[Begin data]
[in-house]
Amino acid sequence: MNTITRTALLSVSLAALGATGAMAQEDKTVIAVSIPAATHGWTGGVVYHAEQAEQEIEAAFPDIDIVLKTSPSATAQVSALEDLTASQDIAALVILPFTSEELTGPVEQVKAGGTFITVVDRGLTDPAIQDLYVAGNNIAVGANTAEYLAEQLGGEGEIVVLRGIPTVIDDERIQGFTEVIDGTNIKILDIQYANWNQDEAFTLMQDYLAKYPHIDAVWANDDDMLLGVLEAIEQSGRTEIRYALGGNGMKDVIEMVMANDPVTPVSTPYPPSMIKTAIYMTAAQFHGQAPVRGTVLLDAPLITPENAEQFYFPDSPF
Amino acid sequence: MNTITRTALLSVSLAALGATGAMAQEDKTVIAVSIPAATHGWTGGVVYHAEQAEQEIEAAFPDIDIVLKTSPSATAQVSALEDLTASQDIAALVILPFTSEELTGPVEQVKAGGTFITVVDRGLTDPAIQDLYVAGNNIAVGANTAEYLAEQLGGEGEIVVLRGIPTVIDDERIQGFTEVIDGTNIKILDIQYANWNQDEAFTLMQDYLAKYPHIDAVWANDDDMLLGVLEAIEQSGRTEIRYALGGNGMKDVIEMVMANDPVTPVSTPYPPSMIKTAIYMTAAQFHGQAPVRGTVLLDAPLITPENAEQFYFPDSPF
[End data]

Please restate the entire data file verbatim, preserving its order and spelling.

[in-house]
Amino acid sequence: MNTITRTALLSVSLAALGATGAMAQEDKTVIAVSIPAATHGWTGGVVYHAEQAEQEIEAAFPDIDIVLKTSPSATAQVSALEDLTASQDIAALVILPFTSEELTGPVEQVKAGGTFITVVDRGLTDPAIQDLYVAGNNIAVGANTAEYLAEQLGGEGEIVVLRGIPTVIDDERIQGFTEVIDGTNIKILDIQYANWNQDEAFTLMQDYLAKYPHIDAVWANDDDMLLGVLEAIEQSGRTEIRYALGGNGMKDVIEMVMANDPVTPVSTPYPPSMIKTAIYMTAAQFHGQAPVRGTVLLDAPLITPENAEQFYFPDSPF
Amino acid sequence: MNTITRTALLSVSLAALGATGAMAQEDKTVIAVSIPAATHGWTGGVVYHAEQAEQEIEAAFPDIDIVLKTSPSATAQVSALEDLTASQDIAALVILPFTSEELTGPVEQVKAGGTFITVVDRGLTDPAIQDLYVAGNNIAVGANTAEYLAEQLGGEGEIVVLRGIPTVIDDERIQGFTEVIDGTNIKILDIQYANWNQDEAFTLMQDYLAKYPHIDAVWANDDDMLLGVLEAIEQSGRTEIRYALGGNGMKDVIEMVMANDPVTPVSTPYPPSMIKTAIYMTAAQFHGQAPVRGTVLLDAPLITPENAEQFYFPDSPF